The ’14 election was really interesting, wasn’t it? But we mean the 1914 election.
That year, Nevada had several exciting and important races. For the first time, thanks to the passage of the Seventeenth Amendment to the U.S. Constitution a year before, Nevadans would directly elect a U.S. senator. It turned out to be a barnburner.
The incumbent, Francis Newlands, had been in Congress since 1893, first in the House for five terms, then in the Senate. He entered politics with help from the old Comstock powerbrokers led by Senator William Stewart. Newlands had close ties to that group: his father-in-law had been William Sharon, one of the financial titans of Virginia City. The legislature elected Newlands to the Senate at the 1903 session and reelected him six years later. Newlands had been on the ballot in 1908 after Nevada instituted a preferential vote for senator, but the 1914 election marked the first time in more than a decade that Newlands had to campaign—that is, REALLY campaign.
Newlands often had focused on national issues, and reminded voters that he had served the country well. It didn’t hurt that he was a close adviser to President Woodrow Wilson, who had carried Nevada in 1912. Newlands was respected nationally as part of the progressive movement, which also had an impact in Nevada. But all politics is local, so Newlands talked about local themes. He took credit as the leader of the state Democratic party for ending the power of railroad bosses … a bit ironic given his old ties to mining bosses. He also reminded voters that his Newlands Reclamation Act had helped Nevada’s farmers and ranchers. He also got support from William Jennings Bryan, whose ties to the old silver movement still resonated in the Silver State.
But Newlands had problems. First, he faced rumors of primary challenges from other Democrats. Denver Dickerson had lost a tough statewide race for governor in 1910 and apparently was interested, but decided not to take on Newlands. State supreme court justice Pat McCarran desperately wanted to be a senator, and didn’t care that Newlands had backed his first political campaign for the assembly. But he backed off too.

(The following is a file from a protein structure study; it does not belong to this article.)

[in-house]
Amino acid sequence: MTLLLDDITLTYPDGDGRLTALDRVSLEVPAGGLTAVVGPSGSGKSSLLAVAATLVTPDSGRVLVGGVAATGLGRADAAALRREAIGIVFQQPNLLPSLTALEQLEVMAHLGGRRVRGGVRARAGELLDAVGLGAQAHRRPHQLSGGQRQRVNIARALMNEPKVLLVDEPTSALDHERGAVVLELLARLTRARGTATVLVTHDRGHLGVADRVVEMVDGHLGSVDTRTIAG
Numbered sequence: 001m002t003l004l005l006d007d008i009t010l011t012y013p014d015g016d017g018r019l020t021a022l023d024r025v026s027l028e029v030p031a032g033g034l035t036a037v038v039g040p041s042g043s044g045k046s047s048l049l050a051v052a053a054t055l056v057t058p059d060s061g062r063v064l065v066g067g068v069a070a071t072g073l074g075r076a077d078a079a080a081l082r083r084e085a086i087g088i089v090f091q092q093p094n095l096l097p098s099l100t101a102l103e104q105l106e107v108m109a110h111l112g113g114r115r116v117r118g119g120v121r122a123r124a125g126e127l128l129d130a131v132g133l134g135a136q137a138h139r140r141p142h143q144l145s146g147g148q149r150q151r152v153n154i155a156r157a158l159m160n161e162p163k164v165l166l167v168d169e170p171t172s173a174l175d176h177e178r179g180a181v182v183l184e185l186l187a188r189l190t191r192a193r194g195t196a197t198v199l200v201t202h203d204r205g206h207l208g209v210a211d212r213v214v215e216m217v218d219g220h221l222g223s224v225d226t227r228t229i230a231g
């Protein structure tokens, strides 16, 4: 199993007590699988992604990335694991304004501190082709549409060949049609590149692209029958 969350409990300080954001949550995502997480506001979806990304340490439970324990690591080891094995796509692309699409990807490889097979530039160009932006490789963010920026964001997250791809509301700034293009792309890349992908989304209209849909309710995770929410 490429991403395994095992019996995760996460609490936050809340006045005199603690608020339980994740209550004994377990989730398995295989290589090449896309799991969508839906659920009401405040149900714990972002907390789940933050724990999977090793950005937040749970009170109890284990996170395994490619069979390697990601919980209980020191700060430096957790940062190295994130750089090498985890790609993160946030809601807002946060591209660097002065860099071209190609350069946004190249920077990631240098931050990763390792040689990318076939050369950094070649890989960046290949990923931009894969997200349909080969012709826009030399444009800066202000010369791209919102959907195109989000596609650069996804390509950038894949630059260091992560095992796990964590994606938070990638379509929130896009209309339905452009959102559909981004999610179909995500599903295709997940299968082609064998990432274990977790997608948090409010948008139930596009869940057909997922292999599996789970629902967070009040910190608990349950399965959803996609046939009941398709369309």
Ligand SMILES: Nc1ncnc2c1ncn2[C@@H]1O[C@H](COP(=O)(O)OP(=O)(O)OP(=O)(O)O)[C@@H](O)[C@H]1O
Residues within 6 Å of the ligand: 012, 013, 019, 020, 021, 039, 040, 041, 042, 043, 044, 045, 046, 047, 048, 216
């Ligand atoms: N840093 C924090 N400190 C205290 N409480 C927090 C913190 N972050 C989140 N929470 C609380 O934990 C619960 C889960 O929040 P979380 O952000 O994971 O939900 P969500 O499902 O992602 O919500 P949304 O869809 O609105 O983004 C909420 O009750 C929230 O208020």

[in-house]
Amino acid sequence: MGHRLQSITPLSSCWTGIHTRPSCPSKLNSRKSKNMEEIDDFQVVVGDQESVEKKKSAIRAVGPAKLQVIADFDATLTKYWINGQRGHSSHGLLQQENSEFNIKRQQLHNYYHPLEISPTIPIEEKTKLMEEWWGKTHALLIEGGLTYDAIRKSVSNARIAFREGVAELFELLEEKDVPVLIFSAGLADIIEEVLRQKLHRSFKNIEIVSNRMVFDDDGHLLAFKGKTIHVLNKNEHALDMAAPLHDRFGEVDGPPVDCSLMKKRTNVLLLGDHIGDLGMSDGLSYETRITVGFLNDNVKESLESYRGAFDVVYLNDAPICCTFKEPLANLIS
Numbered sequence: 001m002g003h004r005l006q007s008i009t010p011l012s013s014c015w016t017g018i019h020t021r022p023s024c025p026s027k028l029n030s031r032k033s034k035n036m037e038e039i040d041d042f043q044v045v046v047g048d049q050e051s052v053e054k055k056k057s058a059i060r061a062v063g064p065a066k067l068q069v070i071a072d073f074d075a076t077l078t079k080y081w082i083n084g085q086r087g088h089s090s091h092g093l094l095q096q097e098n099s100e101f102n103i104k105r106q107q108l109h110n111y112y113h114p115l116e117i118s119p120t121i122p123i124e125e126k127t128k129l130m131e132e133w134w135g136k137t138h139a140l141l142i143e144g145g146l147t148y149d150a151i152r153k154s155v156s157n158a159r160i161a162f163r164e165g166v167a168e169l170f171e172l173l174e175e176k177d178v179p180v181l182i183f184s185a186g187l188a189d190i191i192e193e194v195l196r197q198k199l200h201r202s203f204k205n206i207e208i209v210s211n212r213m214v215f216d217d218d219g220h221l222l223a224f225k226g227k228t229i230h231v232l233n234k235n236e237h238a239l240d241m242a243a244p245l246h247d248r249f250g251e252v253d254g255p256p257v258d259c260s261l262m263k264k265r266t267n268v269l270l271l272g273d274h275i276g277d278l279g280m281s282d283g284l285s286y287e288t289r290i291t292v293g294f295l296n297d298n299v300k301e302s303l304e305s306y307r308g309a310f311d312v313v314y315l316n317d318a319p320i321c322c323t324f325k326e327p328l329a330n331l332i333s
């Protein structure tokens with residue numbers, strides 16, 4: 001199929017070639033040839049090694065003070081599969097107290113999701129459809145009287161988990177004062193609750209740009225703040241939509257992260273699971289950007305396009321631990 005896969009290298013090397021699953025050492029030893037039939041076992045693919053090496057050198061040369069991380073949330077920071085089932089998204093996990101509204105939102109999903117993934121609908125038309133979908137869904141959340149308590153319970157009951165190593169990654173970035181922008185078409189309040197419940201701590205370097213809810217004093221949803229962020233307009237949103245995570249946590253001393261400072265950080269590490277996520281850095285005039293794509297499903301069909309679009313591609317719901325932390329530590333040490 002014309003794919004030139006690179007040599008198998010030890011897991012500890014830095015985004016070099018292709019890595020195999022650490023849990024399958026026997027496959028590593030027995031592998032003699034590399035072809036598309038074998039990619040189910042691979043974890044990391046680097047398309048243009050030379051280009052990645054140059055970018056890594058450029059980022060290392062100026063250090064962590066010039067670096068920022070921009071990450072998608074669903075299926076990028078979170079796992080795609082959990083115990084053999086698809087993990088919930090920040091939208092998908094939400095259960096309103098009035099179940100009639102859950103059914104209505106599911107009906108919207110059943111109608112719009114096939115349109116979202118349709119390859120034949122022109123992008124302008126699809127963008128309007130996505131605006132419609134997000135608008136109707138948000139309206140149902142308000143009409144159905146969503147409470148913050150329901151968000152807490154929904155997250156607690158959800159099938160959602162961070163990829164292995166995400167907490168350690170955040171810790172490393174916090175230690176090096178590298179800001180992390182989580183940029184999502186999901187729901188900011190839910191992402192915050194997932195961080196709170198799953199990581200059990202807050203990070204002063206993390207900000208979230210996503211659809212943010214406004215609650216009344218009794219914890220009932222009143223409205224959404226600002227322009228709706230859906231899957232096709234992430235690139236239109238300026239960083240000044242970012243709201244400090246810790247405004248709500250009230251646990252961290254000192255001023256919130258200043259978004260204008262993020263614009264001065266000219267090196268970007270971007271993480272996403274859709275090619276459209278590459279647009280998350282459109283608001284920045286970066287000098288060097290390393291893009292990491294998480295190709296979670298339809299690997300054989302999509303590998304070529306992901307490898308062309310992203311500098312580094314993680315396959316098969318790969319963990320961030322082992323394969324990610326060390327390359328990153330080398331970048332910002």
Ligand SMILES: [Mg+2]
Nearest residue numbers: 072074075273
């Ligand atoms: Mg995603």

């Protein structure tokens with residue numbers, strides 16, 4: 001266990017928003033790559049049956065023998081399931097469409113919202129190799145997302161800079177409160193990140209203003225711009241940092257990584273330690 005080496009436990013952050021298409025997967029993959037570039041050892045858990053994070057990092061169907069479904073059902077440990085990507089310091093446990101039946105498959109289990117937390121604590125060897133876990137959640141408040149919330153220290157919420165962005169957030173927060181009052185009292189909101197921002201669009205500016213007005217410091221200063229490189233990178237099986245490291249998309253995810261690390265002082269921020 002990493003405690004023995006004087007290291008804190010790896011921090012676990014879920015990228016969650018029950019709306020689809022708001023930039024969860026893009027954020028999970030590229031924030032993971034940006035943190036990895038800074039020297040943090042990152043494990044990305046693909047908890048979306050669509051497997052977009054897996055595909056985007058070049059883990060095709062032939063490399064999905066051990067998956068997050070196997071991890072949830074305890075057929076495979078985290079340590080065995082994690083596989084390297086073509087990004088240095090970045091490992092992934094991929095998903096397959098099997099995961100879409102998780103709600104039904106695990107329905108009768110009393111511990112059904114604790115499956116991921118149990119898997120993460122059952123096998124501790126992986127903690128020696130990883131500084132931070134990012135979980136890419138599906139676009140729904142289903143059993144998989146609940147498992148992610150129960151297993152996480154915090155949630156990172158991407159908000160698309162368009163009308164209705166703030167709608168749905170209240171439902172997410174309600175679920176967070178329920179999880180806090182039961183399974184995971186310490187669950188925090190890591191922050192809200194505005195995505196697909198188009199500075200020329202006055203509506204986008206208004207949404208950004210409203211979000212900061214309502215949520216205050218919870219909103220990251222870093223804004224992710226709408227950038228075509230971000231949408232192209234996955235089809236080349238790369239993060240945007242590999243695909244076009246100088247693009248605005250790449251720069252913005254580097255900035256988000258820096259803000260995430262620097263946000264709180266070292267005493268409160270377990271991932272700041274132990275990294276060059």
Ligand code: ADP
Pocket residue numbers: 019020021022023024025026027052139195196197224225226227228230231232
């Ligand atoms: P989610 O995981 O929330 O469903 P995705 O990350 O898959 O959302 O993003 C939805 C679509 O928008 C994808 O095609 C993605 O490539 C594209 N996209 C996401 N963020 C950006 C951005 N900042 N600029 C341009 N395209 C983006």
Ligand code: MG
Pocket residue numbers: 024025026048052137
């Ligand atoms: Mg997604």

The general election would be tough enough. Republican Sam Platt was well known in Reno, and his party seemed united after the 1912 split between Teddy Roosevelt and William Howard Taft. Another problem for Newlands was the socialist party. In 1912, socialist presidential candidate Eugene Debs had drawn more votes in Nevada than President Taft. In 1914, socialists ran candidates for senator, congressman, governor, and lieutenant governor, with their leader, Grant Miller, going against Newlands.
Newlands believed his opponents were in league with each other. Platt and the Republicans accused him of being too caught up in national issues and forgetting the needs of Nevadans. Miller and the socialists claimed that Newlands actually had cooperated with the railroad bosses and denied that he was as important to Woodrow Wilson and the progressive movement as his defenders claimed. Add in that Newlands had never been a great campaigner, and he was in trouble.
But he made it through … barely. The final totals: Newlands had 8,078. Platt, 8,038. Miller, 5,451. Think about it: a socialist got one-fifth of the vote in Nevada, and Newlands won statewide by 40 votes. That wouldn’t be all that was unusual about that election. More on that next time.